Since returning from Safari, I've been extremely busy. I gave 4 lectures in three days. Since Tenwek now has a CT scanner (just opened 4 days ago) I taught a session on reading head and neck CT scans. Tuesday I taught on Head and Neck disorders - a topic that covers most of my specialty, but I thinned it down to 45 minutes by skipping nearly everything! Also Tuesday I taught a lunch session with clinical officers on handling nosebleeds. Wednesday morning was a session on Approach to Neck Masses. Again, a huge topic boiled down to 30 minutes.
I was relieved that they went well and I could focus on patient care the rest of the week. Wednesday after lecturing I repaired this baby's cleft lip. The result wasn't perfect - which is the only thing I'm not happy with, but the family was pleased and this kid won't grow up as an outcast.
It's a national holiday here in Kenya. Heroes day it is called. But, I've been working all day but at a more casual pace than most days. Only one trip so far today to the OR (or theatre as it's called here). A young lady who presented to casualty (their name for an ER) with 5 days of lockjaw. This wasn't the tetanus variety, but the kind that comes from a persistent open bite deformity. Her pterygoid muscles were in chronic spasm, so we had to put her under anesthesia to reduce her jaw dislocation. She really needs a good orthodontist as this is going to keep happening over and over again. Since that will never happen, a surgery where the jaw is essentially broken and reset to give her proper alignment may do the job. Problem is, I have no room on my remaining OR schedule for it. So, we put an elastic bandage on and will see if she can get some banding and elastics from dental clinic after the holiday.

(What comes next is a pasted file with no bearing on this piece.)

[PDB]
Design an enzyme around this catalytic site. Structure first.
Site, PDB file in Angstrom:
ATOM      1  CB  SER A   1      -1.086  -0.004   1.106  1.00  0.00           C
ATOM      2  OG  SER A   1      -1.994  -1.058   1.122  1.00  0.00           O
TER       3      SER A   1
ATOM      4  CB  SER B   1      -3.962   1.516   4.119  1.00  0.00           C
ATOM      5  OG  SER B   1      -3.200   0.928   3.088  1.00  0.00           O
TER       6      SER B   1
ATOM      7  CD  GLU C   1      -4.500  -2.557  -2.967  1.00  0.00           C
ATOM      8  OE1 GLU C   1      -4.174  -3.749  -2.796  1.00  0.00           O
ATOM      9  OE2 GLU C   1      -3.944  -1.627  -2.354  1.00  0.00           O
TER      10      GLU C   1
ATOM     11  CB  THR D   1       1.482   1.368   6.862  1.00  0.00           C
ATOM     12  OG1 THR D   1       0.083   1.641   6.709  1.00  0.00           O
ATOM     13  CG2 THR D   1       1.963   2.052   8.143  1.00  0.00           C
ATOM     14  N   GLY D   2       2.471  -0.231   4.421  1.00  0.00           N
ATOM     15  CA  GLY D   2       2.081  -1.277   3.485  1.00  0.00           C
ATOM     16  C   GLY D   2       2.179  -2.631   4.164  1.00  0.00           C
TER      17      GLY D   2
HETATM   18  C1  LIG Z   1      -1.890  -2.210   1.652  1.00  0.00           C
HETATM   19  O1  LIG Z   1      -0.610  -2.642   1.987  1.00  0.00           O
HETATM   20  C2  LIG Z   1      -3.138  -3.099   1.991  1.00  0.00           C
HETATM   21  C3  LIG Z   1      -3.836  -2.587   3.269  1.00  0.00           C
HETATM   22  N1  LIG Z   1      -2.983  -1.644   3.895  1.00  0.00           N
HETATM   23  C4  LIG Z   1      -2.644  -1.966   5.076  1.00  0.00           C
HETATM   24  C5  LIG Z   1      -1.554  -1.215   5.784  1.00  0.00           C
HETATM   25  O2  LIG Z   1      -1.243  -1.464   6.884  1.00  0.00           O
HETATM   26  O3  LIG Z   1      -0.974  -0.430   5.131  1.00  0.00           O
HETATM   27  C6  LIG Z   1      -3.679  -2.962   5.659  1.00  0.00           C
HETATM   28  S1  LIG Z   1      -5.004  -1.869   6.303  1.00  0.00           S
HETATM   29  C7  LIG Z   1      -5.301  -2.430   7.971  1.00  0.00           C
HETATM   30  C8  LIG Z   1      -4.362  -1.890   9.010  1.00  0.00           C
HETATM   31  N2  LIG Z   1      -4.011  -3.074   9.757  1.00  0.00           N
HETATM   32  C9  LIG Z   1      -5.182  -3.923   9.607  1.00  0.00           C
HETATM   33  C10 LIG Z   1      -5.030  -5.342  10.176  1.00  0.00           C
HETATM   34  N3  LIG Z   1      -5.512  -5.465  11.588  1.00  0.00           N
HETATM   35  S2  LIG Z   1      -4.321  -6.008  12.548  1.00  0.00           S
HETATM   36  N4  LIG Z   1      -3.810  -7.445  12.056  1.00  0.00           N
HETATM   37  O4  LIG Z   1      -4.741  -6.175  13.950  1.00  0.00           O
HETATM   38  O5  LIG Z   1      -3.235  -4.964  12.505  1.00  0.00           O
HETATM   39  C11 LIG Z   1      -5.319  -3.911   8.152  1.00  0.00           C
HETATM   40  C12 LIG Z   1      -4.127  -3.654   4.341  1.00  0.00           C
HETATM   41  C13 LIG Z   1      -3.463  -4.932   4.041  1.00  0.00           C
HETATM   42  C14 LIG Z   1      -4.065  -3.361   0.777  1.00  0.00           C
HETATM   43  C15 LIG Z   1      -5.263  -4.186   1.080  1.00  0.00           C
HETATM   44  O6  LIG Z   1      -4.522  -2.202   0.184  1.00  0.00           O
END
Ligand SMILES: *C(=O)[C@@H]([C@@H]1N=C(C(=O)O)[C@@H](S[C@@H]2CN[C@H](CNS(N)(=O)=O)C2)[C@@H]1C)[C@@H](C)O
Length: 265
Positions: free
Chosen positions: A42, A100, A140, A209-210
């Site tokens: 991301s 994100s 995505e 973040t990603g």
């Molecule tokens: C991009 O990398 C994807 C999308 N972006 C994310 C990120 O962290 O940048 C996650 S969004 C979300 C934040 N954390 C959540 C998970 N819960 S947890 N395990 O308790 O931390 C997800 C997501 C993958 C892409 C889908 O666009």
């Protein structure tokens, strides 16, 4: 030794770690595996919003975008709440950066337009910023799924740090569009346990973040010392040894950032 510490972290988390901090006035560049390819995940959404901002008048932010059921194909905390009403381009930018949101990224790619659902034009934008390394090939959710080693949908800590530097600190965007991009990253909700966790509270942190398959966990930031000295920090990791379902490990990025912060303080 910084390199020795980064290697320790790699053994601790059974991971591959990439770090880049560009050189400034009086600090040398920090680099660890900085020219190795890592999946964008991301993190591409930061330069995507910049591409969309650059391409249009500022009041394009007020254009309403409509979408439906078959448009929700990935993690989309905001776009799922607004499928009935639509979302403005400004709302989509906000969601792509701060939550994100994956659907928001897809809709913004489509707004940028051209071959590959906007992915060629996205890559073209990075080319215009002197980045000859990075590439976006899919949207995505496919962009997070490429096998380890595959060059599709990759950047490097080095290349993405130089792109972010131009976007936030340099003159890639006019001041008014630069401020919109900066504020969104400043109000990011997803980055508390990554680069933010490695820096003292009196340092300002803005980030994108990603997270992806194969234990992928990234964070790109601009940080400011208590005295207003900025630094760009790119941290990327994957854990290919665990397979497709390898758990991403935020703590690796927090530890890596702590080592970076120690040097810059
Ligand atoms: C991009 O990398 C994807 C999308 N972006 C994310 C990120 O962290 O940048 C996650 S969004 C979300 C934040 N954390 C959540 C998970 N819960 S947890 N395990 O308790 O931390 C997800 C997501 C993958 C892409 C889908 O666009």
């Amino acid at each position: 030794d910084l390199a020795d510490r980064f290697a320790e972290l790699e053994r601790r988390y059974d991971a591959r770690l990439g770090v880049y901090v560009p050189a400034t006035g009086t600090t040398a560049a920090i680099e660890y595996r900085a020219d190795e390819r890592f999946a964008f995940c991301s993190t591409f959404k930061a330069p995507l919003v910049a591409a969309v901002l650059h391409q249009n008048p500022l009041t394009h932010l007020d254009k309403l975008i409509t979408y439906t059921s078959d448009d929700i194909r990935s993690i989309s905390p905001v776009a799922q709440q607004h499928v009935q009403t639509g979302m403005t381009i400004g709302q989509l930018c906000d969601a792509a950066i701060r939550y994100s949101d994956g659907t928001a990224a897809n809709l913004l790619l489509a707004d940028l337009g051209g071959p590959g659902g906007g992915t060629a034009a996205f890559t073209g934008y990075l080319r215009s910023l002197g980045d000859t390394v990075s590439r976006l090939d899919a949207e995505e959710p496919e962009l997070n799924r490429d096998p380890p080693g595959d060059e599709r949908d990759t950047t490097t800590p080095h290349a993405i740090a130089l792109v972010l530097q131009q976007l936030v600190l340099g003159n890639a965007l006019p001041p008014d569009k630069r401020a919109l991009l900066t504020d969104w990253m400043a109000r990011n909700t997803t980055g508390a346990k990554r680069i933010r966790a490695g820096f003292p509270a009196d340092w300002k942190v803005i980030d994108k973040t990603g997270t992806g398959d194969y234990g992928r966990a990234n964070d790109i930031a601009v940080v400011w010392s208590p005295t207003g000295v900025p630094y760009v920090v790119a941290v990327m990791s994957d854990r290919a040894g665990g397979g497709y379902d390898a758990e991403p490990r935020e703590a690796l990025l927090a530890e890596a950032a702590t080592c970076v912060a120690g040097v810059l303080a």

Being the holiday, I'm working without residents. So, I'm using nurses and nursing students as translators. In many ways, it made things easier as my words are getting translated directly, instead of being filtered by another doctor. They call me "daktari" which I believe is Swahili for "funny looking pale man." Some of the real young kids are genuinely frightened by my white skin. They sometimes cry just when they see me, then really wail in fear if I look right at them! I try to smile but maybe that appears like an animal bearing it's teeth. Come to think of it, my very presence used to frighten my nieces so maybe it's not just the white skin?
Finally, I want to close with the story of this young lady who we are desperately hoping to help. She has an aggressive tumor, called rhabdomyosarcoma. It's pushed her eye aside, is flling her sinuses and is growing near her brain. We're working her up today to determine if it has metastasized. If it has not, then we'll be operating on Monday to remove the tumor.
It seems that God has put all the right people in place to help her. I was worried about whether this tumor was into the brain, but a neurosurgeon arrives on Saturday. So, even if it has, we might be able to remove it with a craniofacial resection - an operation not possible without this unique combination of visitors. We have a radiologist here, who has been valuable in studying the films to make sure we can accomplish a resection. Amazingly, we also have a pediatric oncologist here who is assisting in her work up. I am praying that this tumor hasn't spread. If we an remove it, she'll still need chemotherapy and possibly radiation, but she'll have a fighting chance. Without surgery, her prognosis is dismal at best. Your prayers for her are needed!
I still feel so blessed to be here! My energy levels remain high as I realize my time here is approaching a rapid end. My surgery schedule is full, but patients continue to come who need surgery. I wish there was a way to even things out. My first two weeks, when there were two ENT's here, we weren't overly busy. Now, Im wishing I had more time to help some of these very unique patients. I miss my family, but I know that they understand my call to be here and try to help. Thanks to all who continue to pray for these people and my ministry here.